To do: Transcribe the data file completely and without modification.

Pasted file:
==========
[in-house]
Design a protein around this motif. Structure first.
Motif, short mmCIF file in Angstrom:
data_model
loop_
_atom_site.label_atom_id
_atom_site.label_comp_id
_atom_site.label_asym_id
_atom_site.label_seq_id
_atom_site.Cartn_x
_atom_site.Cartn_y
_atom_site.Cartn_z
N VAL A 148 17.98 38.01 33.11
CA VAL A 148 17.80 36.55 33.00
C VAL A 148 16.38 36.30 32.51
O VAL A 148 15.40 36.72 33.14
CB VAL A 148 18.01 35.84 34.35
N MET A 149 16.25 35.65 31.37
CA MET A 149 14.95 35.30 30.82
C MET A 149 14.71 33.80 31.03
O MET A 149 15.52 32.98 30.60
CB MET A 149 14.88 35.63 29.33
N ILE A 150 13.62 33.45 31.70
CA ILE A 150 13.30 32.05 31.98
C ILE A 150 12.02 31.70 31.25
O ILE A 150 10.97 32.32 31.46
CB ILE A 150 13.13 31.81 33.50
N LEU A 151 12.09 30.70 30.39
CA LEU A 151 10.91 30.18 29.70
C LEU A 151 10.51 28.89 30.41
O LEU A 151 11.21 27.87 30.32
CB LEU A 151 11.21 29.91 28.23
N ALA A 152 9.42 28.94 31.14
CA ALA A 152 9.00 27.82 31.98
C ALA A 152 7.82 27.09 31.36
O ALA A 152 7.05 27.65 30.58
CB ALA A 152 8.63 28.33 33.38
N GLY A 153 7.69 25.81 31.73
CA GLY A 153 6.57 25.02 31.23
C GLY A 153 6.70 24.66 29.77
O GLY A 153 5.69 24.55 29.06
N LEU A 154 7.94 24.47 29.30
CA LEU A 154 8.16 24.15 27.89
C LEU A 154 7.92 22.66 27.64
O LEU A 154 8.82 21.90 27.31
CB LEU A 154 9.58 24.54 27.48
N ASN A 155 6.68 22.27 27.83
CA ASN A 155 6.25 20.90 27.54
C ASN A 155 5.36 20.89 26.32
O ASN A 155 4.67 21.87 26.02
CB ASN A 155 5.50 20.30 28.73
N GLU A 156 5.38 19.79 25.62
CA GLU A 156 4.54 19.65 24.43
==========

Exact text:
[in-house]
Design a protein around this motif. Structure first.
Motif, short mmCIF file in Angstrom:
data_model
loop_
_atom_site.label_atom_id
_atom_site.label_comp_id
_atom_site.label_asym_id
_atom_site.label_seq_id
_atom_site.Cartn_x
_atom_site.Cartn_y
_atom_site.Cartn_z
N VAL A 148 17.98 38.01 33.11
CA VAL A 148 17.80 36.55 33.00
C VAL A 148 16.38 36.30 32.51
O VAL A 148 15.40 36.72 33.14
CB VAL A 148 18.01 35.84 34.35
N MET A 149 16.25 35.65 31.37
CA MET A 149 14.95 35.30 30.82
C MET A 149 14.71 33.80 31.03
O MET A 149 15.52 32.98 30.60
CB MET A 149 14.88 35.63 29.33
N ILE A 150 13.62 33.45 31.70
CA ILE A 150 13.30 32.05 31.98
C ILE A 150 12.02 31.70 31.25
O ILE A 150 10.97 32.32 31.46
CB ILE A 150 13.13 31.81 33.50
N LEU A 151 12.09 30.70 30.39
CA LEU A 151 10.91 30.18 29.70
C LEU A 151 10.51 28.89 30.41
O LEU A 151 11.21 27.87 30.32
CB LEU A 151 11.21 29.91 28.23
N ALA A 152 9.42 28.94 31.14
CA ALA A 152 9.00 27.82 31.98
C ALA A 152 7.82 27.09 31.36
O ALA A 152 7.05 27.65 30.58
CB ALA A 152 8.63 28.33 33.38
N GLY A 153 7.69 25.81 31.73
CA GLY A 153 6.57 25.02 31.23
C GLY A 153 6.70 24.66 29.77
O GLY A 153 5.69 24.55 29.06
N LEU A 154 7.94 24.47 29.30
CA LEU A 154 8.16 24.15 27.89
C LEU A 154 7.92 22.66 27.64
O LEU A 154 8.82 21.90 27.31
CB LEU A 154 9.58 24.54 27.48
N ASN A 155 6.68 22.27 27.83
CA ASN A 155 6.25 20.90 27.54
C ASN A 155 5.36 20.89 26.32
O ASN A 155 4.67 21.87 26.02
CB ASN A 155 5.50 20.30 28.73
N GLU A 156 5.38 19.79 25.62
CA GLU A 156 4.54 19.65 24.43